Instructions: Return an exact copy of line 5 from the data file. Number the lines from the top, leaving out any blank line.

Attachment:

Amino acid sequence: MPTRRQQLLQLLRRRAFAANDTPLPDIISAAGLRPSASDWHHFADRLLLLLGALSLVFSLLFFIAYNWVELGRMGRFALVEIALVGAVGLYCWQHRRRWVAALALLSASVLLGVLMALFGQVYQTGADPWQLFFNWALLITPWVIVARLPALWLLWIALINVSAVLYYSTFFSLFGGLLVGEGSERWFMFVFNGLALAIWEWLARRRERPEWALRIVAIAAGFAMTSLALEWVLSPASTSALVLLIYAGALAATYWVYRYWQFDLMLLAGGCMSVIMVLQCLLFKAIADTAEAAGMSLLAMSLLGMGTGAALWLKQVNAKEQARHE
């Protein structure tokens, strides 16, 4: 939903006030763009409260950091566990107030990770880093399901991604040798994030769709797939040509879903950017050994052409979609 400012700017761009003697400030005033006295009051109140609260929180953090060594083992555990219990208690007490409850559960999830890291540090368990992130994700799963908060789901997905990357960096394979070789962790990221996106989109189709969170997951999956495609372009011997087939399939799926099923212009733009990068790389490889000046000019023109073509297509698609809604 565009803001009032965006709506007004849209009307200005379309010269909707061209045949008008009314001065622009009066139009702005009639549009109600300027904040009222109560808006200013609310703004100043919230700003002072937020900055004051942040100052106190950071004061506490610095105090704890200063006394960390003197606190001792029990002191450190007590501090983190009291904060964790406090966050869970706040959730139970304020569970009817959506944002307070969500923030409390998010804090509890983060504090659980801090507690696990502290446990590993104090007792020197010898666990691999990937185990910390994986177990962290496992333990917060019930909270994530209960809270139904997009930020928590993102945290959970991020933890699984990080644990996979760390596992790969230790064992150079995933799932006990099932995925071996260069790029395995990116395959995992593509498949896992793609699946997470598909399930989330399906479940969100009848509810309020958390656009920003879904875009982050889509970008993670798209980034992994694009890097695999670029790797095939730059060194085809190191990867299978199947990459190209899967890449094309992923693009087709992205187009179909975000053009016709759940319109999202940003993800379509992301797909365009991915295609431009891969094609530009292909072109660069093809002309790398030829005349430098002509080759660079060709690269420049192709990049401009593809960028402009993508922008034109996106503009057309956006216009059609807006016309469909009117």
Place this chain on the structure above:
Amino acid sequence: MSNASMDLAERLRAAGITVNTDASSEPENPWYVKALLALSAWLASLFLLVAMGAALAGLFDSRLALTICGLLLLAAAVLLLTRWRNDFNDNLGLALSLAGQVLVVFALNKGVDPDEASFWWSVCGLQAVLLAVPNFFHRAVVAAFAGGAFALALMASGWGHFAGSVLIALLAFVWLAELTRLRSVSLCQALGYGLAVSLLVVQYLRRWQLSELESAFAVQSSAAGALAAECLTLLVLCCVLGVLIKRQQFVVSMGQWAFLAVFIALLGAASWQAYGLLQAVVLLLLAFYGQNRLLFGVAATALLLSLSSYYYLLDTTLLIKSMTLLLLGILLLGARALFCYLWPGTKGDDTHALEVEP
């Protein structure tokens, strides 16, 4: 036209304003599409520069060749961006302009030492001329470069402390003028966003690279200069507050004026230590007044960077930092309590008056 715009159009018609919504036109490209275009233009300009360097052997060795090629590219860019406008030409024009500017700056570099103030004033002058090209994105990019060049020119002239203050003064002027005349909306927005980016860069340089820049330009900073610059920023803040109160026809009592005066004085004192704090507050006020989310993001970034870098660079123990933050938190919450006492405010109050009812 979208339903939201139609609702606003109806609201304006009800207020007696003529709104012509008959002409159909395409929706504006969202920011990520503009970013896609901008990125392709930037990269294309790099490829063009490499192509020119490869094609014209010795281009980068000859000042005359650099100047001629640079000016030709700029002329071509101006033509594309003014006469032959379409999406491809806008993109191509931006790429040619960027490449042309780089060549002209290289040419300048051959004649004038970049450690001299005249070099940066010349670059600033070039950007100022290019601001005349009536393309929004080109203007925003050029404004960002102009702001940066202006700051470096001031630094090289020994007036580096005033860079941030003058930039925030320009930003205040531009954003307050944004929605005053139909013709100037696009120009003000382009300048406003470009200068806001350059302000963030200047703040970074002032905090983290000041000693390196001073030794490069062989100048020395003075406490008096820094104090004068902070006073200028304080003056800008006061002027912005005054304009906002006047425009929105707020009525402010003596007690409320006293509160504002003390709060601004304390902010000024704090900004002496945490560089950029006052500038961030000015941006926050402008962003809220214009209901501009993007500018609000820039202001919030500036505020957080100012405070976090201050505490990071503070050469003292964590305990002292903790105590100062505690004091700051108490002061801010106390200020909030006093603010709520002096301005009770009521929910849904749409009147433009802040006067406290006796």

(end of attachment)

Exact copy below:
């Protein structure tokens, strides 16, 4: 036209304003599409520069060749961006302009030492001329470069402390003028966003690279200069507050004026230590007044960077930092309590008056 715009159009018609919504036109490209275009233009300009360097052997060795090629590219860019406008030409024009500017700056570099103030004033002058090209994105990019060049020119002239203050003064002027005349909306927005980016860069340089820049330009900073610059920023803040109160026809009592005066004085004192704090507050006020989310993001970034870098660079123990933050938190919450006492405010109050009812 979208339903939201139609609702606003109806609201304006009800207020007696003529709104012509008959002409159909395409929706504006969202920011990520503009970013896609901008990125392709930037990269294309790099490829063009490499192509020119490869094609014209010795281009980068000859000042005359650099100047001629640079000016030709700029002329071509101006033509594309003014006469032959379409999406491809806008993109191509931006790429040619960027490449042309780089060549002209290289040419300048051959004649004038970049450690001299005249070099940066010349670059600033070039950007100022290019601001005349009536393309929004080109203007925003050029404004960002102009702001940066202006700051470096001031630094090289020994007036580096005033860079941030003058930039925030320009930003205040531009954003307050944004929605005053139909013709100037696009120009003000382009300048406003470009200068806001350059302000963030200047703040970074002032905090983290000041000693390196001073030794490069062989100048020395003075406490008096820094104090004068902070006073200028304080003056800008006061002027912005005054304009906002006047425009929105707020009525402010003596007690409320006293509160504002003390709060601004304390902010000024704090900004002496945490560089950029006052500038961030000015941006926050402008962003809220214009209901501009993007500018609000820039202001919030500036505020957080100012405070976090201050505490990071503070050469003292964590305990002292903790105590100062505690004091700051108490002061801010106390200020909030006093603010709520002096301005009770009521929910849904749409009147433009802040006067406290006796």